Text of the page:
In 1955 George A. Miller, a professor at Harvard, delivered a paper titled “The Magical Number Seven, Plus or Minus Two,” which helped set into motion a new field of research known as cognitive psychology. His original work on “thinking” has been proven and built upon over the last five decades. The insights of Miller are what we have built the “marker” analogy on. Though the marker analogy is a powerful visual, the question our ELT’s sometimes get is; what constitutes a “variable”?
In its simplest form if can be seen as numbers. ( i.e. telephone numbers -this is the example offered by Miller in his 1955 paper for short term thinking.) Long term thinking and processing is more complex.
Imagine this scenario, you walk into a meeting and you know that the group needs to make some decisions on the conference they are holding. You sit down at the meeting where your “thinking brain” is leading the way so that you can help problem solve and strategize with the team.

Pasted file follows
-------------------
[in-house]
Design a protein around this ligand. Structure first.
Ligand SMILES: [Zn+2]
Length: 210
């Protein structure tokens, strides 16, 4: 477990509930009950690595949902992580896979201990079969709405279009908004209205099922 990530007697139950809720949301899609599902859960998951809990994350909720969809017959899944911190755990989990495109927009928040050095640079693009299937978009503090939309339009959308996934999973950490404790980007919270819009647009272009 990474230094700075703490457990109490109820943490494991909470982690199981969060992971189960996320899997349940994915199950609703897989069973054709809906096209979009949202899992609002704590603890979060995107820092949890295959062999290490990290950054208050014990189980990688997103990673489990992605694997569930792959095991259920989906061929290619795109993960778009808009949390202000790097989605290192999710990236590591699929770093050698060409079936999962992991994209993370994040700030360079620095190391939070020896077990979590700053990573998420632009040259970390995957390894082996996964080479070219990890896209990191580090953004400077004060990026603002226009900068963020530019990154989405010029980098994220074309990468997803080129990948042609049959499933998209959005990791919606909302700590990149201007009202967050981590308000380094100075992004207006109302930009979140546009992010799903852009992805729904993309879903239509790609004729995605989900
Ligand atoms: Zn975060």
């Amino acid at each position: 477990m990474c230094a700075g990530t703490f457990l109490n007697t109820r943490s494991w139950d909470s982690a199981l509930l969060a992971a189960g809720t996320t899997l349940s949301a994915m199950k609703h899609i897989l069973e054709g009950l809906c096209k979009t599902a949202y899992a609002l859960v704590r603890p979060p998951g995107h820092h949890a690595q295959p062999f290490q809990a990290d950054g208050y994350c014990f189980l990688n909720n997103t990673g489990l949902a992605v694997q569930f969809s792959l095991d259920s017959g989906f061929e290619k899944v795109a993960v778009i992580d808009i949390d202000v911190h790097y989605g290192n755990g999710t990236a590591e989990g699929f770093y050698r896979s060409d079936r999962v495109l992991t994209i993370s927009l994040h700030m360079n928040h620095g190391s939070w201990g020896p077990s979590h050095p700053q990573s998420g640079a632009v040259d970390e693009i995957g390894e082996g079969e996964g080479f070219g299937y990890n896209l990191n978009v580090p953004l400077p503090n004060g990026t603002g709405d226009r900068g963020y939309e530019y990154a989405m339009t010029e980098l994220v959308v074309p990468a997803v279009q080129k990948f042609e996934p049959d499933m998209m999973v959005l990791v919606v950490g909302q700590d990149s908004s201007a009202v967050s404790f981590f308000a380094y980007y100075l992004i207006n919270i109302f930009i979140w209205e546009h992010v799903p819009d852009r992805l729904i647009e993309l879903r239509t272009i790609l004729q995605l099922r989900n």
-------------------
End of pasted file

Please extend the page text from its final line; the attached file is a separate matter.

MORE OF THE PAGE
Here is what our complex thinking brain may categorize our “variables” as:
- Variable #1 (or marker) could be related to “budgets”
- Variable #2 could be concerned with “location”
- Variable #3 may be about “attendee interest”
- Variable #4 might be around “self-protection”
“Complex Thought” is what the thinking brain does. It is the ability to think about multiple things (big and small, important and not, short-term and long-term) at once, and consider how each variable is affected by the others. When we have all of “our markers” our brain has lots of information to make the best and most strategic decisions. However, as we drop our markers the first thing to go is our ability to see the big picture, stay attached to vision and strategy. We become less empathetic and we think less about the health of the relationship. Overall, it is harder to access our expertise and experience.
The more markers we drop, the less information we have available to us to make the best decisions and the more self-focused we become.